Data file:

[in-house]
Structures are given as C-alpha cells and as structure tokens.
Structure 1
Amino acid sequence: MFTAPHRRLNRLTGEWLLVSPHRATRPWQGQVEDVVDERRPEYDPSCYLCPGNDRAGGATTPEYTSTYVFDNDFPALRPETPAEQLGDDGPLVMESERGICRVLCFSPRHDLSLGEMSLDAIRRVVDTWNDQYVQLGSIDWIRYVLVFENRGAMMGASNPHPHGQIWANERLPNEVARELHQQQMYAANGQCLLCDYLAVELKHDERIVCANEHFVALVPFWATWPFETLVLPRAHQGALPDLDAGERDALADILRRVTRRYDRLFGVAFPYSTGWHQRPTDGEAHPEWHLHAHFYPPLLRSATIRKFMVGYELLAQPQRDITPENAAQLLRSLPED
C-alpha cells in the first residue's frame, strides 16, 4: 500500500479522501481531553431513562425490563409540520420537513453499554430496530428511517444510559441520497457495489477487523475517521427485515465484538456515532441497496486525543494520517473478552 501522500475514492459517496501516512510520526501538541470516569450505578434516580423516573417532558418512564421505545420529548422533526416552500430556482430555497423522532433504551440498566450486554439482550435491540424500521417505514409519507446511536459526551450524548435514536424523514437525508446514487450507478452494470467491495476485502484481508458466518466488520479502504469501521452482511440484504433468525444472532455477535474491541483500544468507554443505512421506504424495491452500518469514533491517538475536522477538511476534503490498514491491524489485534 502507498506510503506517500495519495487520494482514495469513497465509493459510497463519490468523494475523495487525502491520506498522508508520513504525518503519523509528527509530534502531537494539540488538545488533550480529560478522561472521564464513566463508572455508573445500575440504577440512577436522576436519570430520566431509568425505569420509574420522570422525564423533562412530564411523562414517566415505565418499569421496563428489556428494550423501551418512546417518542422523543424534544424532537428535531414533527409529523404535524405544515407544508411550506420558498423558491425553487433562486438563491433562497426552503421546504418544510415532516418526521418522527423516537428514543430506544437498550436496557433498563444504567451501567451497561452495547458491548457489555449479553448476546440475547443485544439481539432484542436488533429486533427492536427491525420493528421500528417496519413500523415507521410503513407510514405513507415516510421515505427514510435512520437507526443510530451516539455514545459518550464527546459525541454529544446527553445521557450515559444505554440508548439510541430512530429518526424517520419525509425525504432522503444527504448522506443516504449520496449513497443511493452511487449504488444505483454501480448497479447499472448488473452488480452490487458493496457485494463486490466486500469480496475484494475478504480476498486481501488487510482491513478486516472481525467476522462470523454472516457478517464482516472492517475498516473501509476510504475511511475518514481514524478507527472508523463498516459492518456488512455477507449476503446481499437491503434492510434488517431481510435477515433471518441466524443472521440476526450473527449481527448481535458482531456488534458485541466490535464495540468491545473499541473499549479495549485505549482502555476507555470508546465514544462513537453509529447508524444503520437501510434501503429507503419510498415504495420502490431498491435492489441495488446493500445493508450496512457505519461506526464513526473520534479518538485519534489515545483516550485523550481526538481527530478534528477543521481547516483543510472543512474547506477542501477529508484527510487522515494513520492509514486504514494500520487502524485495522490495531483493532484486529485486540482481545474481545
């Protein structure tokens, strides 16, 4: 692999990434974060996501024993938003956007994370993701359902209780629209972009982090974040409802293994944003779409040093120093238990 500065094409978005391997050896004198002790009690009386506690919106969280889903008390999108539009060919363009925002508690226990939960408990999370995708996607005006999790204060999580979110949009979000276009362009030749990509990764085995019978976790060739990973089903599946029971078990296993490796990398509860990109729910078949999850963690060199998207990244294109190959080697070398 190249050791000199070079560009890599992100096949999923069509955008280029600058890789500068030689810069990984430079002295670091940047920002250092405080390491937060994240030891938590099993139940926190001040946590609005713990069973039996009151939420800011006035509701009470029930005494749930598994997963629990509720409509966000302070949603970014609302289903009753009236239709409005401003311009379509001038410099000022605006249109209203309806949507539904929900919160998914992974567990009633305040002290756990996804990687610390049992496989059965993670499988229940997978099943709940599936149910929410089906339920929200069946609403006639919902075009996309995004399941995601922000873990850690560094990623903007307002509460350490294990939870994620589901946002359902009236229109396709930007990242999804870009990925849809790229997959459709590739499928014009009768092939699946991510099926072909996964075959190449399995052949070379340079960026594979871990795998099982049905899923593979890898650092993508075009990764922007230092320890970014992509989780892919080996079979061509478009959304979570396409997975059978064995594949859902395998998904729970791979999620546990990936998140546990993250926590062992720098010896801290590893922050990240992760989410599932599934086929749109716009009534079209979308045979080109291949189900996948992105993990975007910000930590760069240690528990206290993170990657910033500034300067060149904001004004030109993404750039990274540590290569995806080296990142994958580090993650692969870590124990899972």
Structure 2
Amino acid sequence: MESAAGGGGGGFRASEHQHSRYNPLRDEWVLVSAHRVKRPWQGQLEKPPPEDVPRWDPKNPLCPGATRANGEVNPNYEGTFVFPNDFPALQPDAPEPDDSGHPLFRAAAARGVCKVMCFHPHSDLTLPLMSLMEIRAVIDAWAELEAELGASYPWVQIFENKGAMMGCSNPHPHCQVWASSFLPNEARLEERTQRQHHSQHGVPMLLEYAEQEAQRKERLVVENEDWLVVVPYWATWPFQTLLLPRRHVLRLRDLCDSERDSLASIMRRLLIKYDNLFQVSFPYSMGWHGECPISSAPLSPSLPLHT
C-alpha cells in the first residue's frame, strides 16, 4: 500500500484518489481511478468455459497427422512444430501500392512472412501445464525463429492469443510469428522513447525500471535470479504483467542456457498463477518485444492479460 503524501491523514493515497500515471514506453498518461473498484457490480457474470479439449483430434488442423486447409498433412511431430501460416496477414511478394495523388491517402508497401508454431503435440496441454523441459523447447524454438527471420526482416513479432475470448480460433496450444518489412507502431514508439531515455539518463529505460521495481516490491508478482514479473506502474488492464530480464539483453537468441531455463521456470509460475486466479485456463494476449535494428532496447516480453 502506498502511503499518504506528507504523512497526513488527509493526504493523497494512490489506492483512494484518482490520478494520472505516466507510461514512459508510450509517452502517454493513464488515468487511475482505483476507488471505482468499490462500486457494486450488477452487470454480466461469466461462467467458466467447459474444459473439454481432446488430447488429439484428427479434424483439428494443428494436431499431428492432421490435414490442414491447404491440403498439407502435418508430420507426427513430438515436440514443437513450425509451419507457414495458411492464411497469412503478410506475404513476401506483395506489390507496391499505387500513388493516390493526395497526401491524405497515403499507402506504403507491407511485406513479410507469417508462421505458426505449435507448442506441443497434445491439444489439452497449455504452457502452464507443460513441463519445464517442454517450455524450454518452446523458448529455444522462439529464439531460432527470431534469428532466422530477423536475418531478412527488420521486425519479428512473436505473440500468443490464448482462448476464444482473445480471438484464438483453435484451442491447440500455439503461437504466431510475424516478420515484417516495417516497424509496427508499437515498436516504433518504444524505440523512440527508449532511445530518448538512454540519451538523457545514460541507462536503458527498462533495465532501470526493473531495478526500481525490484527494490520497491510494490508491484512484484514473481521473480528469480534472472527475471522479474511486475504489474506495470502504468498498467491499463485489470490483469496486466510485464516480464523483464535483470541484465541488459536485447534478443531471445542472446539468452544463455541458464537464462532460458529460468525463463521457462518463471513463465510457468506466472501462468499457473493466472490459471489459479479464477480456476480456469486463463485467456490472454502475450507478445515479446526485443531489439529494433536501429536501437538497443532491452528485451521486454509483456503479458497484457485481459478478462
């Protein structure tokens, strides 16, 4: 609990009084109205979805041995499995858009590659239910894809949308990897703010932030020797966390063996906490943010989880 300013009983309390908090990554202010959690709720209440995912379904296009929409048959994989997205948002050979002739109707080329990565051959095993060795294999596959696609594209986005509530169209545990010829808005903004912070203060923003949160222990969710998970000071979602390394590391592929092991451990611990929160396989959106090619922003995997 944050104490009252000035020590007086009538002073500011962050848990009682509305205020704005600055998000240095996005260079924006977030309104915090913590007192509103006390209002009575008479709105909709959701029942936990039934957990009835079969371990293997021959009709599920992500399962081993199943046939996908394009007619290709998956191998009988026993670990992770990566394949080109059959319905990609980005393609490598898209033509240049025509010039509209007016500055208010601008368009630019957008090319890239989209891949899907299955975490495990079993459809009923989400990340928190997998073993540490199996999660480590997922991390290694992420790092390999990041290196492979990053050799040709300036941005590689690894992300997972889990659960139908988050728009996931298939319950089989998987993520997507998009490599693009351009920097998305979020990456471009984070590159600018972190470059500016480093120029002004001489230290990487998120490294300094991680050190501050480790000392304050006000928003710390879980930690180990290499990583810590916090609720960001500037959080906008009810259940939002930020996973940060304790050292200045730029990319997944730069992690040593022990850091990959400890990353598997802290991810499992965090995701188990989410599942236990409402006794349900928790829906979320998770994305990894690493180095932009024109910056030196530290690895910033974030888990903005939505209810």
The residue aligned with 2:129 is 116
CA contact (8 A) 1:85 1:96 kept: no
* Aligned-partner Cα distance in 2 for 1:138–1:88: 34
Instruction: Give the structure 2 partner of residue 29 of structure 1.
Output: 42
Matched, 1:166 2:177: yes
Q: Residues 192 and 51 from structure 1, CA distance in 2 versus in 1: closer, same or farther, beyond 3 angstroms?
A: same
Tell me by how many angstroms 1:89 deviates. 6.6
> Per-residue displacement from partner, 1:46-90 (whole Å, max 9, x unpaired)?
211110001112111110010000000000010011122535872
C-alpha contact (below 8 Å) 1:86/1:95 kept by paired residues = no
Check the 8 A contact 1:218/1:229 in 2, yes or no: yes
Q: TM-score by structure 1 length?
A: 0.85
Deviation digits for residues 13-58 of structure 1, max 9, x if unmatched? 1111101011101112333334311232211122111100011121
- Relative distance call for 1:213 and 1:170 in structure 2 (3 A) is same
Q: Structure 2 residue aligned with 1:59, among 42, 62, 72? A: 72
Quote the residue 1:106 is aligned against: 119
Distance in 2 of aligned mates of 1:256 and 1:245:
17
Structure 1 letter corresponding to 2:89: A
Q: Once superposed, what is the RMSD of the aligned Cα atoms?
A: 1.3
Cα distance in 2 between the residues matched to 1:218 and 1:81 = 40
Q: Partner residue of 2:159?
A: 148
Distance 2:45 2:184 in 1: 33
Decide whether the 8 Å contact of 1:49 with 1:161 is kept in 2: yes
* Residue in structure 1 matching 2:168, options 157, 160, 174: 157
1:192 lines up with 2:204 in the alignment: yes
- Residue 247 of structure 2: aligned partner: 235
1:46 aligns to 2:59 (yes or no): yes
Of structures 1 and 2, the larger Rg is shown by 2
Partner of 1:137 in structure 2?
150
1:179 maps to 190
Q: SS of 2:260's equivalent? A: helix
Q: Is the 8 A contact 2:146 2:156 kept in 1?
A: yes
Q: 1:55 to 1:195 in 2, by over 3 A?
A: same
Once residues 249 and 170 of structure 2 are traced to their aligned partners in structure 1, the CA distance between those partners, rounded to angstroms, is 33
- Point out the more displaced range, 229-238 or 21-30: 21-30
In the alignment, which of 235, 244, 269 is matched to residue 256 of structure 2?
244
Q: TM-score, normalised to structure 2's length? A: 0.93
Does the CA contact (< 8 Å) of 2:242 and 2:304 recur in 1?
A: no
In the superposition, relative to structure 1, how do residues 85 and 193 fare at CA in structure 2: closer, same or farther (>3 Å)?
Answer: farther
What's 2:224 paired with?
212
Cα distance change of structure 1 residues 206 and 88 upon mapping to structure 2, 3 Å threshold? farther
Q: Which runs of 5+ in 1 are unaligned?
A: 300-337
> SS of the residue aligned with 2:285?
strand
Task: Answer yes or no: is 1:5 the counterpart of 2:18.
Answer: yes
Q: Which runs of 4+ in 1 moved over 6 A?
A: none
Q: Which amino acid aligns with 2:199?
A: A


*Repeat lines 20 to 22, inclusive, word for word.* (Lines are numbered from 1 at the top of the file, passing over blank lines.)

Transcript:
> Per-residue displacement from partner, 1:46-90 (whole Å, max 9, x unpaired)?
211110001112111110010000000000010011122535872
C-alpha contact (below 8 Å) 1:86/1:95 kept by paired residues = no